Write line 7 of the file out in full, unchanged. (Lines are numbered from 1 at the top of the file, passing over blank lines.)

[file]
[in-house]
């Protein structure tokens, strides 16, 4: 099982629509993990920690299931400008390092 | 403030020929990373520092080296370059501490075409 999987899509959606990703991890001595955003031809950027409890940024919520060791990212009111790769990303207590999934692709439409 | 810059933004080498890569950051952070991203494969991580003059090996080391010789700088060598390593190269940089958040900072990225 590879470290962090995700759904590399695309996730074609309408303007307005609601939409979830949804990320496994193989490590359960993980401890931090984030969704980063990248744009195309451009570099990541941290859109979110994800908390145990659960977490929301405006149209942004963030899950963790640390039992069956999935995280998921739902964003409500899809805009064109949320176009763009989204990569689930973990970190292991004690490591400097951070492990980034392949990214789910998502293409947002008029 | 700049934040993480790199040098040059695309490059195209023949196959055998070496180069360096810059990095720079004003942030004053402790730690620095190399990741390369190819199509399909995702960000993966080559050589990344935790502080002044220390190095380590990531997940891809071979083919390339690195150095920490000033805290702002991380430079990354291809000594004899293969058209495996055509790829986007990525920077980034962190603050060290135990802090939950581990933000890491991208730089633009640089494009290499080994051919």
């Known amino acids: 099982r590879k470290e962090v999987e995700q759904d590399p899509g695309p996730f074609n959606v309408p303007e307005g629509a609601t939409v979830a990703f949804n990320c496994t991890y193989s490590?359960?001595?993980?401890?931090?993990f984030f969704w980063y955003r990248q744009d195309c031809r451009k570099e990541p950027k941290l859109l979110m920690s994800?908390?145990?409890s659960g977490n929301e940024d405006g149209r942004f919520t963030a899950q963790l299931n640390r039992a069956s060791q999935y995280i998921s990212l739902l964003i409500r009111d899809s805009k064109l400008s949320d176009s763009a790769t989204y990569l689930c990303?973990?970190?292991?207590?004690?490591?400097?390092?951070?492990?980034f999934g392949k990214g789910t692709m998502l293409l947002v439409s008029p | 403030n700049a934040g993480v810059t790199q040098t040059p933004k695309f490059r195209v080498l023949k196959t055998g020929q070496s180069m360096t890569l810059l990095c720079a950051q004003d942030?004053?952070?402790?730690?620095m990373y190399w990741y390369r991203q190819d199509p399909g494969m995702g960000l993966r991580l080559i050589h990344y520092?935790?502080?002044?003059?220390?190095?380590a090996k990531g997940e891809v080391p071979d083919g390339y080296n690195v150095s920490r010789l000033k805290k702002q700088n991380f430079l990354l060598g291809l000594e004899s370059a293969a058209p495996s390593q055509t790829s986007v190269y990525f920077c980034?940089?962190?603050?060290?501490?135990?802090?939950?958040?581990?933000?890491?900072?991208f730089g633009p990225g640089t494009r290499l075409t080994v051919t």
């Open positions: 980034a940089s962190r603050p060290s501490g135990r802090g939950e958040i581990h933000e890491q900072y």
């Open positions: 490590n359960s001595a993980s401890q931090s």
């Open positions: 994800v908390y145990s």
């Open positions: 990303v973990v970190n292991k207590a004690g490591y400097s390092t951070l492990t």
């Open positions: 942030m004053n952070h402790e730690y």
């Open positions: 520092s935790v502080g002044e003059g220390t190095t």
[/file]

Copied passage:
């Open positions: 990303v973990v970190n292991k207590a004690g490591y400097s390092t951070l492990t």